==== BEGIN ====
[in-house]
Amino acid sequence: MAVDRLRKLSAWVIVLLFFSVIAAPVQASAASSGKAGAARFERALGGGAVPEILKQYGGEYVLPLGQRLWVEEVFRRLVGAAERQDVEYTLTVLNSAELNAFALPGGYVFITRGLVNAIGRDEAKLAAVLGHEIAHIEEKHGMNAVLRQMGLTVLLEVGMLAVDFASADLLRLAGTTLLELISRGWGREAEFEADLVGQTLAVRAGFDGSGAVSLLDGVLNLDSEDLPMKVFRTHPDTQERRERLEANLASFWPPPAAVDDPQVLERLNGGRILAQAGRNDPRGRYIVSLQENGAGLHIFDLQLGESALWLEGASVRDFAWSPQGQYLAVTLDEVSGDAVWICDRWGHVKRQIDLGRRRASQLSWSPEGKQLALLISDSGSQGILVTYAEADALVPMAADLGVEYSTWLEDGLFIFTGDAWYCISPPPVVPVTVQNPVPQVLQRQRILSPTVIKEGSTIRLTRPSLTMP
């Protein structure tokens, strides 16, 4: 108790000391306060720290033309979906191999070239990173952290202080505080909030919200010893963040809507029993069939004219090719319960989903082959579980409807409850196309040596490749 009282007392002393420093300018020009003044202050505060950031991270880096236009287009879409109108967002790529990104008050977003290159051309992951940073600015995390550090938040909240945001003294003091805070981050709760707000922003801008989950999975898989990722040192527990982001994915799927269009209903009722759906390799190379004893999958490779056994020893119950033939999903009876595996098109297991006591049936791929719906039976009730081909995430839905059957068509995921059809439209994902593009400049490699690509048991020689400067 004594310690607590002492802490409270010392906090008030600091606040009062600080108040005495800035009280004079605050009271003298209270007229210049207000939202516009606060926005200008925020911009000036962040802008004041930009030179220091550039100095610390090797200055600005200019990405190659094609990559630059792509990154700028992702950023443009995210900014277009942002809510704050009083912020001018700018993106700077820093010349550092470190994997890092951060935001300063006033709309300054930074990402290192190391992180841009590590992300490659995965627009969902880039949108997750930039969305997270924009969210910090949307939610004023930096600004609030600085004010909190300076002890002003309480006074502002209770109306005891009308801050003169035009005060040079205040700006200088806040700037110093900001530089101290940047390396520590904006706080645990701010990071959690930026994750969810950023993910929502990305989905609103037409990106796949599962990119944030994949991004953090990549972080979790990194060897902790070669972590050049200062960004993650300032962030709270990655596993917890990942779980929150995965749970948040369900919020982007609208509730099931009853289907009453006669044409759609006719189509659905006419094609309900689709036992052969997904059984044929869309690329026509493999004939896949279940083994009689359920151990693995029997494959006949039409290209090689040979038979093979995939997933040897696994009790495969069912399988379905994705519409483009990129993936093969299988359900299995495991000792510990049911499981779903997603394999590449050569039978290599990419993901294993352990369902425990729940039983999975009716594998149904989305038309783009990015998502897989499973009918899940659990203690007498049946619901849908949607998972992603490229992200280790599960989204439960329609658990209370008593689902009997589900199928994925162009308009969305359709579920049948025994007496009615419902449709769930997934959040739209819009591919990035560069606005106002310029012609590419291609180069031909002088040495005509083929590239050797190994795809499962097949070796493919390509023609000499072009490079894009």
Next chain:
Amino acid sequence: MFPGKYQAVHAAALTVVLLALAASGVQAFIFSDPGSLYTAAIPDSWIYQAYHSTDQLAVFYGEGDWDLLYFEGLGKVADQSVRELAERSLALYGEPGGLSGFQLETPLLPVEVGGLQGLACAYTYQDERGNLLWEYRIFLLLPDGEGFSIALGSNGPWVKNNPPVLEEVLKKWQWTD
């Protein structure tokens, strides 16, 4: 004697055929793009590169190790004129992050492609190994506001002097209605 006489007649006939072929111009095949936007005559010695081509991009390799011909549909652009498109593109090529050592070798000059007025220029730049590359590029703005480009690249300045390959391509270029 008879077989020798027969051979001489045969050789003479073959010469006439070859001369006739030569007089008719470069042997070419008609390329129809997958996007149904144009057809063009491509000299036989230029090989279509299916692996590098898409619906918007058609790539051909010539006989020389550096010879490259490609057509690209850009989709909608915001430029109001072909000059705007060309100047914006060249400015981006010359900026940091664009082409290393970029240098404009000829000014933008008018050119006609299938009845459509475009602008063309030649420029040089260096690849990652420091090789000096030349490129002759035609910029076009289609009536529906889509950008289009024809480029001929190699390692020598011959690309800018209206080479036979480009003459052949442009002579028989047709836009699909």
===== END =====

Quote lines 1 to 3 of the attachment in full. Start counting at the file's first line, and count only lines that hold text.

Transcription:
[in-house]
Amino acid sequence: MAVDRLRKLSAWVIVLLFFSVIAAPVQASAASSGKAGAARFERALGGGAVPEILKQYGGEYVLPLGQRLWVEEVFRRLVGAAERQDVEYTLTVLNSAELNAFALPGGYVFITRGLVNAIGRDEAKLAAVLGHEIAHIEEKHGMNAVLRQMGLTVLLEVGMLAVDFASADLLRLAGTTLLELISRGWGREAEFEADLVGQTLAVRAGFDGSGAVSLLDGVLNLDSEDLPMKVFRTHPDTQERRERLEANLASFWPPPAAVDDPQVLERLNGGRILAQAGRNDPRGRYIVSLQENGAGLHIFDLQLGESALWLEGASVRDFAWSPQGQYLAVTLDEVSGDAVWICDRWGHVKRQIDLGRRRASQLSWSPEGKQLALLISDSGSQGILVTYAEADALVPMAADLGVEYSTWLEDGLFIFTGDAWYCISPPPVVPVTVQNPVPQVLQRQRILSPTVIKEGSTIRLTRPSLTMP
């Protein structure tokens, strides 16, 4: 108790000391306060720290033309979906191999070239990173952290202080505080909030919200010893963040809507029993069939004219090719319960989903082959579980409807409850196309040596490749 009282007392002393420093300018020009003044202050505060950031991270880096236009287009879409109108967002790529990104008050977003290159051309992951940073600015995390550090938040909240945001003294003091805070981050709760707000922003801008989950999975898989990722040192527990982001994915799927269009209903009722759906390799190379004893999958490779056994020893119950033939999903009876595996098109297991006591049936791929719906039976009730081909995430839905059957068509995921059809439209994902593009400049490699690509048991020689400067 004594310690607590002492802490409270010392906090008030600091606040009062600080108040005495800035009280004079605050009271003298209270007229210049207000939202516009606060926005200008925020911009000036962040802008004041930009030179220091550039100095610390090797200055600005200019990405190659094609990559630059792509990154700028992702950023443009995210900014277009942002809510704050009083912020001018700018993106700077820093010349550092470190994997890092951060935001300063006033709309300054930074990402290192190391992180841009590590992300490659995965627009969902880039949108997750930039969305997270924009969210910090949307939610004023930096600004609030600085004010909190300076002890002003309480006074502002209770109306005891009308801050003169035009005060040079205040700006200088806040700037110093900001530089101290940047390396520590904006706080645990701010990071959690930026994750969810950023993910929502990305989905609103037409990106796949599962990119944030994949991004953090990549972080979790990194060897902790070669972590050049200062960004993650300032962030709270990655596993917890990942779980929150995965749970948040369900919020982007609208509730099931009853289907009453006669044409759609006719189509659905006419094609309900689709036992052969997904059984044929869309690329026509493999004939896949279940083994009689359920151990693995029997494959006949039409290209090689040979038979093979995939997933040897696994009790495969069912399988379905994705519409483009990129993936093969299988359900299995495991000792510990049911499981779903997603394999590449050569039978290599990419993901294993352990369902425990729940039983999975009716594998149904989305038309783009990015998502897989499973009918899940659990203690007498049946619901849908949607998972992603490229992200280790599960989204439960329609658990209370008593689902009997589900199928994925162009308009969305359709579920049948025994007496009615419902449709769930997934959040739209819009591919990035560069606005106002310029012609590419291609180069031909002088040495005509083929590239050797190994795809499962097949070796493919390509023609000499072009490079894009």